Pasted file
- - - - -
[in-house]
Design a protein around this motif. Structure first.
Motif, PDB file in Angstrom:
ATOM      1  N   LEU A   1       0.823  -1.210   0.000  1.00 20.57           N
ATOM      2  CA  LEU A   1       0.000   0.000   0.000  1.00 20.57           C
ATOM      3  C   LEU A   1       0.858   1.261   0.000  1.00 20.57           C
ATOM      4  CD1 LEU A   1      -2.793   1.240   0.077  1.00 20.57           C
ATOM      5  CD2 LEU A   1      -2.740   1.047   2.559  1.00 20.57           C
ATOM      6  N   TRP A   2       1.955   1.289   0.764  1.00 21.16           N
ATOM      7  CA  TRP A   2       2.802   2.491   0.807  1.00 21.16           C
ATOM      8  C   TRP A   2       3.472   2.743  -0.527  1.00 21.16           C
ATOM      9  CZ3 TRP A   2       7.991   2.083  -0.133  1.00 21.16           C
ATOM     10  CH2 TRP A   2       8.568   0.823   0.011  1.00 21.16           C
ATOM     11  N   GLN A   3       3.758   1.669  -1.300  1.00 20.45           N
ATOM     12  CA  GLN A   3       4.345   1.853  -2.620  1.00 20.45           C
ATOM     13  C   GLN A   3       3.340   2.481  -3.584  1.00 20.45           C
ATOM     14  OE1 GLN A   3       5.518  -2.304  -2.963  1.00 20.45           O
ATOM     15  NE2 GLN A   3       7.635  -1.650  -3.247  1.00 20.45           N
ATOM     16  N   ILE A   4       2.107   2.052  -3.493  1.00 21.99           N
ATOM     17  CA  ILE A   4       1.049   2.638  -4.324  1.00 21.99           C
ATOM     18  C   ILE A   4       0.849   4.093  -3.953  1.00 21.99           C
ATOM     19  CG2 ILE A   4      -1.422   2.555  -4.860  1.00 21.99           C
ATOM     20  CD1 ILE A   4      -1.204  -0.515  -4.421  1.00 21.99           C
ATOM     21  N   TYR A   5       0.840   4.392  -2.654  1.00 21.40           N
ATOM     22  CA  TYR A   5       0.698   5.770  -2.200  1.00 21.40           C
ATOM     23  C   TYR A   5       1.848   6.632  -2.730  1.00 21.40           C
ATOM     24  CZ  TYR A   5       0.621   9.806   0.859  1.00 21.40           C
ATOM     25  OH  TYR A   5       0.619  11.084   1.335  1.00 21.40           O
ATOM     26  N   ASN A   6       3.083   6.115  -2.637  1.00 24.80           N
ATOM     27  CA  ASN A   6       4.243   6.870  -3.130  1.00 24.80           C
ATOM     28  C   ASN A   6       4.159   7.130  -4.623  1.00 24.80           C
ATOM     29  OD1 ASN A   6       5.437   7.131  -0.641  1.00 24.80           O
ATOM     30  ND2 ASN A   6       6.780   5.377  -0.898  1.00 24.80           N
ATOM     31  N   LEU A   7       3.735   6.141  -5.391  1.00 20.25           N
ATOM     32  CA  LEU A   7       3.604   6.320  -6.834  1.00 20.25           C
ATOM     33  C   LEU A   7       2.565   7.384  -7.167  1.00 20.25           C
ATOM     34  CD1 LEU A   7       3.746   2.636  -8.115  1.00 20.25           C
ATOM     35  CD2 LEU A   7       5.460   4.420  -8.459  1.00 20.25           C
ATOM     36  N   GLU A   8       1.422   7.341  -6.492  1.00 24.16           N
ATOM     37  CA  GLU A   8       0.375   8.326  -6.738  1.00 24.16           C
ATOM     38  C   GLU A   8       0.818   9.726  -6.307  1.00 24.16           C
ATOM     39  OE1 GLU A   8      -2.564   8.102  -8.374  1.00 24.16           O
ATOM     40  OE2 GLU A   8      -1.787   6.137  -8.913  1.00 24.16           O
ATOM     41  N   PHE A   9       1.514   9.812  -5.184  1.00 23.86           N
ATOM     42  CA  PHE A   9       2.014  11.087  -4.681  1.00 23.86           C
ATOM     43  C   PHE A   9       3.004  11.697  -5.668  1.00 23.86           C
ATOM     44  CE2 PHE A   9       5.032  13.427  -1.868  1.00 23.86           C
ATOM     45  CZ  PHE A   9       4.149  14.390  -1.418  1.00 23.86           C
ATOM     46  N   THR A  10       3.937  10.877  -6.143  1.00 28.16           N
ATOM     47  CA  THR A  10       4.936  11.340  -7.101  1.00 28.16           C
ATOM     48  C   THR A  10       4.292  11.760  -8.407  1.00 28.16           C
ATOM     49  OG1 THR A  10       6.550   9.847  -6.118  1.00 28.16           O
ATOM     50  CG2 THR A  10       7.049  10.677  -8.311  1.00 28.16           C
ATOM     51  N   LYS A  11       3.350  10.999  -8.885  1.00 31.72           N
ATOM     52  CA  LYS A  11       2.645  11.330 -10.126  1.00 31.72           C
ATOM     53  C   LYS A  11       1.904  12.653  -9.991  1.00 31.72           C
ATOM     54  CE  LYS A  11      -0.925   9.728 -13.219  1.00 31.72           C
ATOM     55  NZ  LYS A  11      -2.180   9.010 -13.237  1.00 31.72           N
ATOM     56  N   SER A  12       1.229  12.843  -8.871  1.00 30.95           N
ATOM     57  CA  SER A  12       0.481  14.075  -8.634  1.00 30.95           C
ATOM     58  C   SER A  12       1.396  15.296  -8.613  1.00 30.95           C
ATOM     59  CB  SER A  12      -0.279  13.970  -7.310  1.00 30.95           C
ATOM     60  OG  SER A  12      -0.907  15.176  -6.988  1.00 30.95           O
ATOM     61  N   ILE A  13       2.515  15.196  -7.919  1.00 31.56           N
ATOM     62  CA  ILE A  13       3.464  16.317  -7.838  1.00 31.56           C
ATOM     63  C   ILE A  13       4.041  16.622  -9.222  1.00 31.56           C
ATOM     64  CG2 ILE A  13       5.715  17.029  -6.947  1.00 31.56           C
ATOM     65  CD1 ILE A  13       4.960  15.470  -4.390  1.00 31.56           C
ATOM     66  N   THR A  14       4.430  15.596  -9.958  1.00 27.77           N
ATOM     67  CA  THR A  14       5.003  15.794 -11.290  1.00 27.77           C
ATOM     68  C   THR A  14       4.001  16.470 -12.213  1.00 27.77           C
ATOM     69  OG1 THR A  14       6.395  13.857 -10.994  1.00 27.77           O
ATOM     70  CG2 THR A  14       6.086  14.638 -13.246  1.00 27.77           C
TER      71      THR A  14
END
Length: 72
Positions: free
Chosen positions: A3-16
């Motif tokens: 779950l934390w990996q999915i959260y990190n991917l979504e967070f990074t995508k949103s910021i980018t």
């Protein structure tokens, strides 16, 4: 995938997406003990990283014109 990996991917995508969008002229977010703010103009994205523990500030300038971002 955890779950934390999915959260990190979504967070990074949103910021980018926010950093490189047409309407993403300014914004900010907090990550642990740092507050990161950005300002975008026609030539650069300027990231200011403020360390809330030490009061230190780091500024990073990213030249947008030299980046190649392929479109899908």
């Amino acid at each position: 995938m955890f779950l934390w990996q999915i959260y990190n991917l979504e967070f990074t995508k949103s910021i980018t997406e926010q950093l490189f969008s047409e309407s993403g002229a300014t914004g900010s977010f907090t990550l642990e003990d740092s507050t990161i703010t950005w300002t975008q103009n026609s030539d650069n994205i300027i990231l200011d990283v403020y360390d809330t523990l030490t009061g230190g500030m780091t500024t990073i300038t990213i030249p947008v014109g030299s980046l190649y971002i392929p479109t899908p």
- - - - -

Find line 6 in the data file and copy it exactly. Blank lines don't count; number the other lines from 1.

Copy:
ATOM      3  C   LEU A   1       0.858   1.261   0.000  1.00 20.57           C